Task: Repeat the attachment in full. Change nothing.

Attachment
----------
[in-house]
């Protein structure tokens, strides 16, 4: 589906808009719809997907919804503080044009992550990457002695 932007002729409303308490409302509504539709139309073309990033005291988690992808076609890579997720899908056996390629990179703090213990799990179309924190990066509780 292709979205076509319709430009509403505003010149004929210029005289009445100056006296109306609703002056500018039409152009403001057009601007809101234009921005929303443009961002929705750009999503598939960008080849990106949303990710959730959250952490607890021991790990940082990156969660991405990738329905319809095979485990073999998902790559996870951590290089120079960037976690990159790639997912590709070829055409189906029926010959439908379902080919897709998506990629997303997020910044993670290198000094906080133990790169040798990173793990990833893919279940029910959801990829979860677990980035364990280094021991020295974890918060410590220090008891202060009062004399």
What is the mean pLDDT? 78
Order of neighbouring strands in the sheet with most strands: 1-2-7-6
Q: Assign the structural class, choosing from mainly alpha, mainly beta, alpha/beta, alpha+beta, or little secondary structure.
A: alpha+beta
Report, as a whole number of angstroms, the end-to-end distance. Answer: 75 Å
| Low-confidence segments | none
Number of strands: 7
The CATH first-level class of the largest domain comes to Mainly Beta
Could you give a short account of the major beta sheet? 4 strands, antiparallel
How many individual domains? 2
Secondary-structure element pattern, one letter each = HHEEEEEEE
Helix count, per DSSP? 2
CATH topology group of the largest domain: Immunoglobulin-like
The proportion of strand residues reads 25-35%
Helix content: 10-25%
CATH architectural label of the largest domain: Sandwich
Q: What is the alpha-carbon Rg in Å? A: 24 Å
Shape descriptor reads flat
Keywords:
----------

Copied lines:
[in-house]
């Protein structure tokens, strides 16, 4: 589906808009719809997907919804503080044009992550990457002695 932007002729409303308490409302509504539709139309073309990033005291988690992808076609890579997720899908056996390629990179703090213990799990179309924190990066509780 292709979205076509319709430009509403505003010149004929210029005289009445100056006296109306609703002056500018039409152009403001057009601007809101234009921005929303443009961002929705750009999503598939960008080849990106949303990710959730959250952490607890021991790990940082990156969660991405990738329905319809095979485990073999998902790559996870951590290089120079960037976690990159790639997912590709070829055409189906029926010959439908379902080919897709998506990629997303997020910044993670290198000094906080133990790169040798990173793990990833893919279940029910959801990829979860677990980035364990280094021991020295974890918060410590220090008891202060009062004399």
What is the mean pLDDT? 78
Order of neighbouring strands in the sheet with most strands: 1-2-7-6
Q: Assign the structural class, choosing from mainly alpha, mainly beta, alpha/beta, alpha+beta, or little secondary structure.
A: alpha+beta
Report, as a whole number of angstroms, the end-to-end distance. Answer: 75 Å
| Low-confidence segments | none
Number of strands: 7
The CATH first-level class of the largest domain comes to Mainly Beta
Could you give a short account of the major beta sheet? 4 strands, antiparallel
How many individual domains? 2
Secondary-structure element pattern, one letter each = HHEEEEEEE
Helix count, per DSSP? 2
CATH topology group of the largest domain: Immunoglobulin-like
The proportion of strand residues reads 25-35%
Helix content: 10-25%
CATH architectural label of the largest domain: Sandwich
Q: What is the alpha-carbon Rg in Å? A: 24 Å
Shape descriptor reads flat
Keywords: